Feeds

IAB retracts 48-hour retargeting cookie advice

Oh behave

Security for virtualized datacentres

Online advertising trade body the Interactive Advertising Bureau (IAB) has withdrawn a code of practice which recommended that behavioural advertising retargeting cookies should expire after 48 hours.

The IAB's Affiliate Marketing Council (AMC) published the code last week. It applied to the practice of 'retargeting' web users who had visited a site with ads for that site on other people's websites, using cookies to track their movements and activities.

The code of practice included some measures that were compulsory for IAB members involved in the practice, and some that were advisory.

That code has been withdrawn and will be reworked after further industry consultation, though, the IAB said. The code has disappeared from the IAB's website.

"Following extensive feedback from IAB members, the IAB Affiliate Marketing Council (AMC) has withdrawn its Code for the time being to ensure the initiative fully represents the needs and wants of the market, and that the language used is satisfactory to all corners of the industry," said IAB head of regulatory affairs Nick Stringer.

"The story relating to the Code's initial launch has now been removed from www.iabuk.net and is no longer available. Following further consultation with all the relevant organisations and industry bodies, an updated version will be launched in the coming months," he said.

Behavioural advertising is an increasingly common phenomenon. It displays different adverts to different people based on their web browsing history, as tracked by cookie files.

Retargeting sends people adverts related to sites or products they have previously visited and seeks to take advantage of the idea that a web user is more likely to buy something they have previously looked than something they have not.

Behavioural advertising has raised privacy concerns, though, as companies and advertising networks engage in increased monitoring of users' web activity.

Privacy regulator the Information Commissioner's Office (ICO) said in July that there was nothing "intrinsically unfair" about behavioural advertising, but that users should be offered the chance to avoid being tracked.

Consumer protection watchdog the Office of Fair Trading reported on its own investigation into behavioural advertising earlier this year and said that it would permit the industry to continue to self-regulate, but that it would create its own regulation if IAB rules on privacy were not extended and acted on.

The behavioural retargeting code contained compulsory rules to determine which cookies should trigger a payment if a user acts on an ad and makes a purchase. It also dealt with privacy concerns.

"[Behavioural retargeting] cookie lengths are usually shorter than click cookie windows, for example 24 or 48 hours. This should be a key consideration," it said.

It also advised companies using the cookies to tell web users that retargeting was taking place. "The advertiser/merchant will be encouraged to highlight the programmes where [retargeting] is in place, offering extra transparency for affiliates/publishers," it said.

The IAB's Stringer said that the organisation was already seeking to 'adapt' the code.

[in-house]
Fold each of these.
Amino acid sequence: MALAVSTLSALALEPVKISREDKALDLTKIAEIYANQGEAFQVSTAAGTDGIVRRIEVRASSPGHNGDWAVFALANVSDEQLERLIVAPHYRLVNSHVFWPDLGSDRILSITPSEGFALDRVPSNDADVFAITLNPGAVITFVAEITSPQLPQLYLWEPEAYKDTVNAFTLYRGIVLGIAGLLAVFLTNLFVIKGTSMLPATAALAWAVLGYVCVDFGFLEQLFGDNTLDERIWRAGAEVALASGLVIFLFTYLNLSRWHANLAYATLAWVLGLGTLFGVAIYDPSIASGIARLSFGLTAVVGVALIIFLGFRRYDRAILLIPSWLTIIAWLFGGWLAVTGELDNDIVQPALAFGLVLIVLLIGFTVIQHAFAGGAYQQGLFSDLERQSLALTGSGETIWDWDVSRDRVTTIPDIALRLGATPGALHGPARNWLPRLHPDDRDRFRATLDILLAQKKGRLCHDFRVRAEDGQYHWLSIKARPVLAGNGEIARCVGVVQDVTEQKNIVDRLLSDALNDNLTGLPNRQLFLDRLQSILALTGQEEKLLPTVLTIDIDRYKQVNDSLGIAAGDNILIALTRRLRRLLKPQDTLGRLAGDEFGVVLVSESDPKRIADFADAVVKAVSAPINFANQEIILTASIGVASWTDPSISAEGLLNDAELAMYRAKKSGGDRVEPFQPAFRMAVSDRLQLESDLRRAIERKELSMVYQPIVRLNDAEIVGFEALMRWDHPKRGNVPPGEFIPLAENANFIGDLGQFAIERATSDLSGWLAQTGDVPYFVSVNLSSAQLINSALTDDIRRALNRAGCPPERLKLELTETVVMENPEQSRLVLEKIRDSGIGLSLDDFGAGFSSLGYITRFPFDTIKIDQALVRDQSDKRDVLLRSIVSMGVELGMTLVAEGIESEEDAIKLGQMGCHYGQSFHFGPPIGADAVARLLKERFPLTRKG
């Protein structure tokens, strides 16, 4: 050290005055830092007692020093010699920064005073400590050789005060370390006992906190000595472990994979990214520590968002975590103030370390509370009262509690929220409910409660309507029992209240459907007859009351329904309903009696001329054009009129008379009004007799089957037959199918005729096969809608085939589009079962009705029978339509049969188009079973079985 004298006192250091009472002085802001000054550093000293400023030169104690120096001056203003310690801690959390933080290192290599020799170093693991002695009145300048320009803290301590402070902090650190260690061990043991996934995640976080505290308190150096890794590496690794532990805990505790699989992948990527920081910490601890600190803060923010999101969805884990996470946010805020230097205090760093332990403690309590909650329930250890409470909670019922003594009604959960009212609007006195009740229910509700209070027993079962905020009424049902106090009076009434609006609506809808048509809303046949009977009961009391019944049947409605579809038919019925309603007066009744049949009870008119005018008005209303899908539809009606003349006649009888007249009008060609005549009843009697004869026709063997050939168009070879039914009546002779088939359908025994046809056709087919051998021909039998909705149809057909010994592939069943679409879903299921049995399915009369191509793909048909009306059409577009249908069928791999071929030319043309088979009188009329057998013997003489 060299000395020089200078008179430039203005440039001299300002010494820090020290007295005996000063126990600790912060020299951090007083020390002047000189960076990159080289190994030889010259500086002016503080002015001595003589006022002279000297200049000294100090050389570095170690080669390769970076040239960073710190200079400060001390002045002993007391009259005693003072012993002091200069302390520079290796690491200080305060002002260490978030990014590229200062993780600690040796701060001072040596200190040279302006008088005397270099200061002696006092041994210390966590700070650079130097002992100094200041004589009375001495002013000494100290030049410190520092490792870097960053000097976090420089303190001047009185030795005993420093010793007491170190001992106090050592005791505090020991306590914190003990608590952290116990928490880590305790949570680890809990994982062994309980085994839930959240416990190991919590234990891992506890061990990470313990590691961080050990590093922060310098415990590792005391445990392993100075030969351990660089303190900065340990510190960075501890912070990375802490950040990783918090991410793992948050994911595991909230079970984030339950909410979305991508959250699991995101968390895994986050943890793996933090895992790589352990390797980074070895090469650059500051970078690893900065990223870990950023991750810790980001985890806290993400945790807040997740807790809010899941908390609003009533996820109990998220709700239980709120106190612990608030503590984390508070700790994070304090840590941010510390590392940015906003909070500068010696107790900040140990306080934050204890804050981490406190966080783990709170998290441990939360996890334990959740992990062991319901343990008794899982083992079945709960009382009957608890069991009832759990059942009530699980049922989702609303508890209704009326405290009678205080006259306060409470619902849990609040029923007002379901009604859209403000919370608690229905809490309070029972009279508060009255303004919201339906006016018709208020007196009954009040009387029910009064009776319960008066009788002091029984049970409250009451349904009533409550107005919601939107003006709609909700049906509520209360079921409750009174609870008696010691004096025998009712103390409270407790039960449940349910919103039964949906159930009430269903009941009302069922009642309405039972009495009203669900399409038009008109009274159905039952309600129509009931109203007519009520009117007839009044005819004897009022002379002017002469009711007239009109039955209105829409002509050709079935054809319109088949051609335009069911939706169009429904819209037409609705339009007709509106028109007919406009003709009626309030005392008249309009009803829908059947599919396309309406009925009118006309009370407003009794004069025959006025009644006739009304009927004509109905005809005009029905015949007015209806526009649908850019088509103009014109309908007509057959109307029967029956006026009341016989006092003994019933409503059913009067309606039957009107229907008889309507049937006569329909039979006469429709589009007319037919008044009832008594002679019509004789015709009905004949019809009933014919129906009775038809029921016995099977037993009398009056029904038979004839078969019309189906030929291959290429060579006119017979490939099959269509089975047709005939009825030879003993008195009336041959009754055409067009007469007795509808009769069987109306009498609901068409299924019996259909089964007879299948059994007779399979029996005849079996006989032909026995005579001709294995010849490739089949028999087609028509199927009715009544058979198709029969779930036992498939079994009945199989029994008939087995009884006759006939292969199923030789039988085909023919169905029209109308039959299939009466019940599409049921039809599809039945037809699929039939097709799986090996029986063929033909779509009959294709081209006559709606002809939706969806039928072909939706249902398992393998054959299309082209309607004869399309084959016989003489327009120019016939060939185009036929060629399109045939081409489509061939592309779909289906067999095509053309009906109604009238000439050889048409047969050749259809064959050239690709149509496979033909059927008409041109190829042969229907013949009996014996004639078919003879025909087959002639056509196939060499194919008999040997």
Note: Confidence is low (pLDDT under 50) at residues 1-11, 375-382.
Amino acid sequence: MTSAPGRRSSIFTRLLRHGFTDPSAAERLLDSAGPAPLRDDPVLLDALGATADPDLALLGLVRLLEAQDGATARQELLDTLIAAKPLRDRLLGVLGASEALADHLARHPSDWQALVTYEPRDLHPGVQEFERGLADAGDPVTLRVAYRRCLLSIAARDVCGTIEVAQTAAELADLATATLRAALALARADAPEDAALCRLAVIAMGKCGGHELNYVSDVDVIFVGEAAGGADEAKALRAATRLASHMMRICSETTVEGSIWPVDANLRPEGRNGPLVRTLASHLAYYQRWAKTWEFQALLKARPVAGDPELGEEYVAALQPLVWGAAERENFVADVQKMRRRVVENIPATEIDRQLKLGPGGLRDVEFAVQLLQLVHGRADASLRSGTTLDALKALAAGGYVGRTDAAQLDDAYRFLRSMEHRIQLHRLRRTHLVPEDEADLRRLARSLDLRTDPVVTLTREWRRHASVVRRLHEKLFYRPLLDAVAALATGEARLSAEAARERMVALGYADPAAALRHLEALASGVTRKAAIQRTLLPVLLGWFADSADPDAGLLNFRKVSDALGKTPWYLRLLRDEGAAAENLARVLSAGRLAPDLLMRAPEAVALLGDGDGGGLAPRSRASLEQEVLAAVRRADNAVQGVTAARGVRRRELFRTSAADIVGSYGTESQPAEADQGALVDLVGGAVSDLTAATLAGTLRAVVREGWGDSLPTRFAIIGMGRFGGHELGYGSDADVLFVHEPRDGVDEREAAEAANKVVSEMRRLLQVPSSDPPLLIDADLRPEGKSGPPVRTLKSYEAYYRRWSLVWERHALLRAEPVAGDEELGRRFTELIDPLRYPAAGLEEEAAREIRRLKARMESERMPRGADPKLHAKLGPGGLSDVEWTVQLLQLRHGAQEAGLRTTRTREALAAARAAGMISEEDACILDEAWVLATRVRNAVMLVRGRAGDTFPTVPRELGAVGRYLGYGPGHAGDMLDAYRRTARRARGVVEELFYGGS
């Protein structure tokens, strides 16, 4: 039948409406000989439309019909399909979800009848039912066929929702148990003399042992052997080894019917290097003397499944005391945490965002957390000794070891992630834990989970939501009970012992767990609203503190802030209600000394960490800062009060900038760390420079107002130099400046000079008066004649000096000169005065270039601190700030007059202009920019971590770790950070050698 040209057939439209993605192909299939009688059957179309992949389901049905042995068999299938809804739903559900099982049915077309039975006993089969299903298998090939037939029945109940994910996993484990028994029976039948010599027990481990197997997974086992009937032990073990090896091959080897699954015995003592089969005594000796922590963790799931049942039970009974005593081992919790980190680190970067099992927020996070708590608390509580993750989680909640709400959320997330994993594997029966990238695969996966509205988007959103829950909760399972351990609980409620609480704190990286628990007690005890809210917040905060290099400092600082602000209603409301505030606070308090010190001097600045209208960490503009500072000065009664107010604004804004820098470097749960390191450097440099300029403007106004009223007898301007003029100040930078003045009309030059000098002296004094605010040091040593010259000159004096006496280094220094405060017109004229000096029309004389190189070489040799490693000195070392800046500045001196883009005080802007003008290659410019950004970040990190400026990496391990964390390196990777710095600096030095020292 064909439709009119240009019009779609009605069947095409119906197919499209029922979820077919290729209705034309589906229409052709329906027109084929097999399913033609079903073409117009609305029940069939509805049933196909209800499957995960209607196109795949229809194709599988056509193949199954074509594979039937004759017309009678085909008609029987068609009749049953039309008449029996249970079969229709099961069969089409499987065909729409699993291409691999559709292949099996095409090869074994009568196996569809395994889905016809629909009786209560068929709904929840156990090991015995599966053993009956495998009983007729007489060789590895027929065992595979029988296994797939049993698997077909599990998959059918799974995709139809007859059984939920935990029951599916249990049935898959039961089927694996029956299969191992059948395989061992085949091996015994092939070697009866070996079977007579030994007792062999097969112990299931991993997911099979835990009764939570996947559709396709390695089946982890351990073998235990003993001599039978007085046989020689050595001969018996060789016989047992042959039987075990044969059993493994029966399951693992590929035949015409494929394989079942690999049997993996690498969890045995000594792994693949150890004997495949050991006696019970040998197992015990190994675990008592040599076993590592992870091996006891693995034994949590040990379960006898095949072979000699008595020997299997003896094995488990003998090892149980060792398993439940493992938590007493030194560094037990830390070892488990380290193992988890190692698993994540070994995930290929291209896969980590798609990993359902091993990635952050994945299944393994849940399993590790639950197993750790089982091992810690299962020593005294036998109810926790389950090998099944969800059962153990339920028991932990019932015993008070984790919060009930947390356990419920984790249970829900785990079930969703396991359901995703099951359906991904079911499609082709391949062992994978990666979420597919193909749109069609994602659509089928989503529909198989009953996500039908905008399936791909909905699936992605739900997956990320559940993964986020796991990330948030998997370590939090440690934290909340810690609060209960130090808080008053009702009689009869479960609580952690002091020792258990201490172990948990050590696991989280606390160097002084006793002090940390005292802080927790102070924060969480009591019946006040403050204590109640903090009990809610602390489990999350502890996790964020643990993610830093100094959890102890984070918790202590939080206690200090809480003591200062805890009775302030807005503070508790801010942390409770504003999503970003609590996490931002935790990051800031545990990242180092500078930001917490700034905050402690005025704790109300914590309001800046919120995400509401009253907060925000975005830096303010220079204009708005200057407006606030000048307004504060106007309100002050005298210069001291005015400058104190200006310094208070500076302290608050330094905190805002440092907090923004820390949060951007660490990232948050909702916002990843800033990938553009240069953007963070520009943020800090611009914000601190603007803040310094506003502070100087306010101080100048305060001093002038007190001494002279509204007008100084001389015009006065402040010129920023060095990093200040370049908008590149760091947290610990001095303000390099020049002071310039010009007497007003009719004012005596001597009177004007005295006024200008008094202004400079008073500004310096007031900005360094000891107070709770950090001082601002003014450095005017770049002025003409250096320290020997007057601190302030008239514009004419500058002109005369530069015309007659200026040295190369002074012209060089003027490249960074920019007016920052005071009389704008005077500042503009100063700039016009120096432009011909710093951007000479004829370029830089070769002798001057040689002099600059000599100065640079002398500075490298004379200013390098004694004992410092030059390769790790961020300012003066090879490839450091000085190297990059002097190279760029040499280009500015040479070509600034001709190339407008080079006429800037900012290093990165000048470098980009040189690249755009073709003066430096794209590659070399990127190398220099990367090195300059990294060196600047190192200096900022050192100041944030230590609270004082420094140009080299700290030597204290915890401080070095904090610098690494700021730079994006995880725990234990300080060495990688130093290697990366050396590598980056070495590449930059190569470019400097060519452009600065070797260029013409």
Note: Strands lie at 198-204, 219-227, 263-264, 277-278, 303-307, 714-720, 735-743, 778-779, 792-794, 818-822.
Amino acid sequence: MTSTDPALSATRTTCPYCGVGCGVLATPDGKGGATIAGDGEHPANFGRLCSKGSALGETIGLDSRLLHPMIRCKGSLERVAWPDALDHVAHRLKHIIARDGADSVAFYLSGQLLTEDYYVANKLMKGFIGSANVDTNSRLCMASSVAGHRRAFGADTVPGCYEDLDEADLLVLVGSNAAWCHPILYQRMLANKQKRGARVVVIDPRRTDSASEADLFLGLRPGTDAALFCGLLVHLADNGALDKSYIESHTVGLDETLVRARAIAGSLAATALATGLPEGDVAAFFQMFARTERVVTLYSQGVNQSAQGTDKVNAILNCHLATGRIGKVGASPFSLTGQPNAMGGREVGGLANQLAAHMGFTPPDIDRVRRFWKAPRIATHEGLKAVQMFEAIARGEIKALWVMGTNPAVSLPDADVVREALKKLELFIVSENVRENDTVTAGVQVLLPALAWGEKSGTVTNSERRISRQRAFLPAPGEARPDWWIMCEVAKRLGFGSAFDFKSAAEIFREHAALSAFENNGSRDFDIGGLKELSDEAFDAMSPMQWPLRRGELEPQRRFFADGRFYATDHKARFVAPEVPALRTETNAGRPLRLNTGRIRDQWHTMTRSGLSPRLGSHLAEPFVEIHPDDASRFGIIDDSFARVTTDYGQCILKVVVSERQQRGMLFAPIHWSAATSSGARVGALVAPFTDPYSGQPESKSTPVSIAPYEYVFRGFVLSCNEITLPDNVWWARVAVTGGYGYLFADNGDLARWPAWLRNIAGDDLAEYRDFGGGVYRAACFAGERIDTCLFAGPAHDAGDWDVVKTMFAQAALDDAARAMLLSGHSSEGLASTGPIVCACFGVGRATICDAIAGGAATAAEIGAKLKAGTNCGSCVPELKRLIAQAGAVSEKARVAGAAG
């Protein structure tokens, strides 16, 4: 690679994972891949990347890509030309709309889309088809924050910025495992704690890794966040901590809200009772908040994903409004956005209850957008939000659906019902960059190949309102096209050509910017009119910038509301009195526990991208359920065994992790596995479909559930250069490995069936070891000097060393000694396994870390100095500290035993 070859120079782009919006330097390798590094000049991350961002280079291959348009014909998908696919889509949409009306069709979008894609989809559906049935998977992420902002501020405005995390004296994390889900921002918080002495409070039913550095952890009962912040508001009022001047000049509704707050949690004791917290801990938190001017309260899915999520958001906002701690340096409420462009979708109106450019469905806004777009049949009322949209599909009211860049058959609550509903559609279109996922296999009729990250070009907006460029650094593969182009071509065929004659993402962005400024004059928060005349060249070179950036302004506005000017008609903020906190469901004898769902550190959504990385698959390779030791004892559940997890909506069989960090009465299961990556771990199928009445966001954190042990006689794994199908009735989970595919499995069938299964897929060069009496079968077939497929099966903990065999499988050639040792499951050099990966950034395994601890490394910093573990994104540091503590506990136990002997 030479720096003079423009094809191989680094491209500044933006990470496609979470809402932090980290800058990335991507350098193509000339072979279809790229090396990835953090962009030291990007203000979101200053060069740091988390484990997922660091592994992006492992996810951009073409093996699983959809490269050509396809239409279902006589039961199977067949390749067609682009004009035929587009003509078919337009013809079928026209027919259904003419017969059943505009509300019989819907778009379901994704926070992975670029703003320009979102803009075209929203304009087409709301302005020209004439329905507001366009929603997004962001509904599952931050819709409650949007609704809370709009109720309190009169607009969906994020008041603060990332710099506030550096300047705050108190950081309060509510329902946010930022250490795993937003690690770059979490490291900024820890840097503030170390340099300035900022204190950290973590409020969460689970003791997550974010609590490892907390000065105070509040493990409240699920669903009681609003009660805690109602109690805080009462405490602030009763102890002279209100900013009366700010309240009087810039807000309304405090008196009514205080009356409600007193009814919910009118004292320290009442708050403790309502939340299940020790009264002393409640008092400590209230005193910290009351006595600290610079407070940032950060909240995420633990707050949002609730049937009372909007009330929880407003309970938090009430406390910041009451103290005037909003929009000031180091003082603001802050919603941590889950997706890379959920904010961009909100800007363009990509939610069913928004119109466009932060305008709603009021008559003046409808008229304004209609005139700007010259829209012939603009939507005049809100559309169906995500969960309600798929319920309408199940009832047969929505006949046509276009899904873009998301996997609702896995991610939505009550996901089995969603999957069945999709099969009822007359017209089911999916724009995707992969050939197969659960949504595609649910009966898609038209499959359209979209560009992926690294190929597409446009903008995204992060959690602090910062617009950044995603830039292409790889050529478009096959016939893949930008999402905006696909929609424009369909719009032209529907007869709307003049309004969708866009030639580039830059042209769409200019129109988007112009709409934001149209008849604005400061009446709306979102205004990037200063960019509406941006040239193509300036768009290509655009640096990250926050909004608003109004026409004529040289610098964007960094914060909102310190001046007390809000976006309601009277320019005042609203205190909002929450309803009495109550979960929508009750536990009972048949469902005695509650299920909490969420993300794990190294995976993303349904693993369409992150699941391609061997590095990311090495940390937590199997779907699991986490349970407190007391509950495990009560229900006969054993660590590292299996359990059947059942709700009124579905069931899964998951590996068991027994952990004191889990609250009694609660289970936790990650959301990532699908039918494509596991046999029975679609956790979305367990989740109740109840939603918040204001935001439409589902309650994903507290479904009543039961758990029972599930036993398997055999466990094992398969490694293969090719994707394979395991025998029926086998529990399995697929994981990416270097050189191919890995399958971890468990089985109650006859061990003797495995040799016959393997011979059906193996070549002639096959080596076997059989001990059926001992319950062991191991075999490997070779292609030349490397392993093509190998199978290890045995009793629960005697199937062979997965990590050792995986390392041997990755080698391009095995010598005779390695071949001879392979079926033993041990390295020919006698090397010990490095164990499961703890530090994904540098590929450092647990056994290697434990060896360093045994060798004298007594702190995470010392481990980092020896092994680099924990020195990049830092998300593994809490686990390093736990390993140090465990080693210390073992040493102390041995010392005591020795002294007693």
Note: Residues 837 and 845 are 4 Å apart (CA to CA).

"Online is a diverse and complex medium which boasts a number of different business models, and it is the responsibility of the IAB to adapt its policies, when relevant, as the market evolves," he said.

Copyright © 2010, OUT-LAW.com

OUT-LAW.COM is part of international law firm Pinsent Masons.

Beginner's guide to SSL certificates

More from The Register

next story
Bono apologises for iTunes album dump
Megalomania, generosity and FEAR of irrelevance drove group to Apple deal
HBO shocks US pay TV world: We're down with OTT. Netflix says, 'Gee'
This affects every broadcaster, every cable guy
Facebook, Apple: LADIES! Why not FREEZE your EGGS? It's on the company!
No biological clockwatching when you work in Silicon Valley
SCREW YOU, EU: BBC rolls out Right To Remember as Google deletes links
Not even Google can withstand the power of Auntie
Arab States make play for greater government control of the internet
Nerds told to get lost in last-minute power grab bid at UN meeting
Zippy one-liners, broken promises: Doctor Who on the Orient Express
Series finally hits stride, but Clara's U-turn is baffling
Don't bother telling people if you lose their data, say Euro bods
You read that right – with the proviso that it's encrypted
America's super-secret X-37B plane returns to Earth after nearly TWO YEARS aloft
674 days in space for US Air Force's mystery orbital vehicle
10 Top Tips For PRs Considering Whether To Phone The Register
You'll Read These And LOL Even Though They're Serious
prev story

Whitepapers

Forging a new future with identity relationship management
Learn about ForgeRock's next generation IRM platform and how it is designed to empower CEOS's and enterprises to engage with consumers.
Win a year’s supply of chocolate
There is no techie angle to this competition so we're not going to pretend there is, but everyone loves chocolate so who cares.
Why cloud backup?
Combining the latest advancements in disk-based backup with secure, integrated, cloud technologies offer organizations fast and assured recovery of their critical enterprise data.
High Performance for All
While HPC is not new, it has traditionally been seen as a specialist area – is it now geared up to meet more mainstream requirements?
Saudi Petroleum chooses Tegile storage solution
A storage solution that addresses company growth and performance for business-critical applications of caseware archive and search along with other key operational systems.